The number of veterans in Congress has been steadily dropping in recent election cycles, but the legislative branch's meager military credentials could take a major hit this year.

According to an analysis from the nonpartisan Veterans Campaign, only 183 of the 865 major-party candidates up for election to Congress this year boast military experience. It's the first time in recent memory that fewer than 200 veterans were on the campaign trail in the congressional races.

Based on recent polling data, those sparse figures could drop the total number of veterans in the House and Senate to under 100 for the first time since the 1950s, when World War II veterans began seeking office for the first time.

The current Congress has only 106 lawmakers with military experience, and Veterans Campaign Executive Director Seth Lynn said he expects that number to drop by up to 10 percent next year.

"We're used to seeing this steady decrease every two years, but this could be an even steeper drop than we normally expect," he said. "This is going to be the election that puts us below earlier levels."

Veterans of recent wars

That drop could come despite a rise in the number of candidates from the recent wars seeking national office. Of the 183 veterans running for Congress, 46 — about 25 percent of the field — served in Iraq or Afghanistan.

Already, 17 recent war veterans are serving in the House and Senate. Most of them are favored in their re-election bids.

Rep. Tom Cotton, R-Ark., is leaving the House in an attempt to become the Senate's second Iraq War veteran. The first, Sen. John Walsh, D-Mont., opted not to seek re-election after he was found to have plagiarized his master's thesis at the Army War College.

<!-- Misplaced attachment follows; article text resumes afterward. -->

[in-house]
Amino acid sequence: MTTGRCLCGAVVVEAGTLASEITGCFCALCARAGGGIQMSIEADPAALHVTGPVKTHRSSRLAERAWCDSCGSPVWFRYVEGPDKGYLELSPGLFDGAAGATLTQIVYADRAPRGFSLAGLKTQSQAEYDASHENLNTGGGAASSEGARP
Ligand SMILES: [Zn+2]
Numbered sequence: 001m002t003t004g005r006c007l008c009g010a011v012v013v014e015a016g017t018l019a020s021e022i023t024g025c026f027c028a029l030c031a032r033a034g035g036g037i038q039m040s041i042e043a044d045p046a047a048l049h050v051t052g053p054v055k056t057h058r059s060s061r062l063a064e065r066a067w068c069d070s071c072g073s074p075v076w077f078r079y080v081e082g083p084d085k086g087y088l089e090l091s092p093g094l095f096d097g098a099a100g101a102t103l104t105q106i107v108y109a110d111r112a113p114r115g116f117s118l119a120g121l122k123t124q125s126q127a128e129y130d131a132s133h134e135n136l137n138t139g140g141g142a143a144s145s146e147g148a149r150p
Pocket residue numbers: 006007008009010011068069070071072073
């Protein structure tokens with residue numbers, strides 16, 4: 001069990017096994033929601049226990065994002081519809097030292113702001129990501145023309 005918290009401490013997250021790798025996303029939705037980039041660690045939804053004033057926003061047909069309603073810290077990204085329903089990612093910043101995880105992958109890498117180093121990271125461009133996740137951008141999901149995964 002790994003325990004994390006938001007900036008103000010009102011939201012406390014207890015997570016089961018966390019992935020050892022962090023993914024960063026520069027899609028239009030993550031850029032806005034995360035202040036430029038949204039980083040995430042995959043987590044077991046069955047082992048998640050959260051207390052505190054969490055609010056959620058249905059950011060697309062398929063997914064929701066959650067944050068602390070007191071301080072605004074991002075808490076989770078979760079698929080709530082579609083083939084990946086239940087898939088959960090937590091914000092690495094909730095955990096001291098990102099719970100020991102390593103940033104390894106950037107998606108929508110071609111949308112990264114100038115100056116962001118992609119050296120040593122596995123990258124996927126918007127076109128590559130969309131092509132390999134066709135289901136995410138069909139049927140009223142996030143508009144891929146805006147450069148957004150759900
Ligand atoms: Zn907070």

Lynn said that among both younger and older veteran candidates, military experience is largely a résumé afterthought, not the linchpin of their campaigns.

That reflects public interest in nonmilitary issues leading up to November's vote. An Associated Press-GfK poll released earlier this month found the economy to be the top issue on voters' minds this cycle, with health care issues coming in second.

But the advance of Islamic State militants in the Middle East and concerns about domestic terrorism were in the top five, and Lynn said candidates with a military background could see some undecided voters give extra weight to their service on election day.

"All other things being equal, being a veteran is going to help," he said. "It's not the first thing voters will think about, but if they're worried about military action overseas, then a veteran is likely to pick up some extra votes because of his or her knowledge."

One issue that hasn't caught voters' attention is the recent wait times scandals at the Veterans Affairs Department. Lynn said because it's difficult to pin problems with that bureaucracy on any individual lawmaker, few voters will be swayed by candidates' promises to fix the department.

But veterans groups have said that having lawmakers with first-hand knowledge of the VA system is critical in educating Congress about the need for continued reforms. If the number of veterans elected to office continues to drop, that work becomes more difficult.

Leo covers Congress, Veterans Affairs and the White House for Military Times. He has covered Washington, D.C. since 2004, focusing on military personnel and veterans policies. His work has earned numerous honors, including a 2009 Polk award, a 2010 National Headliner Award, the IAVA Leadership in Journalism award and the VFW News Media award.

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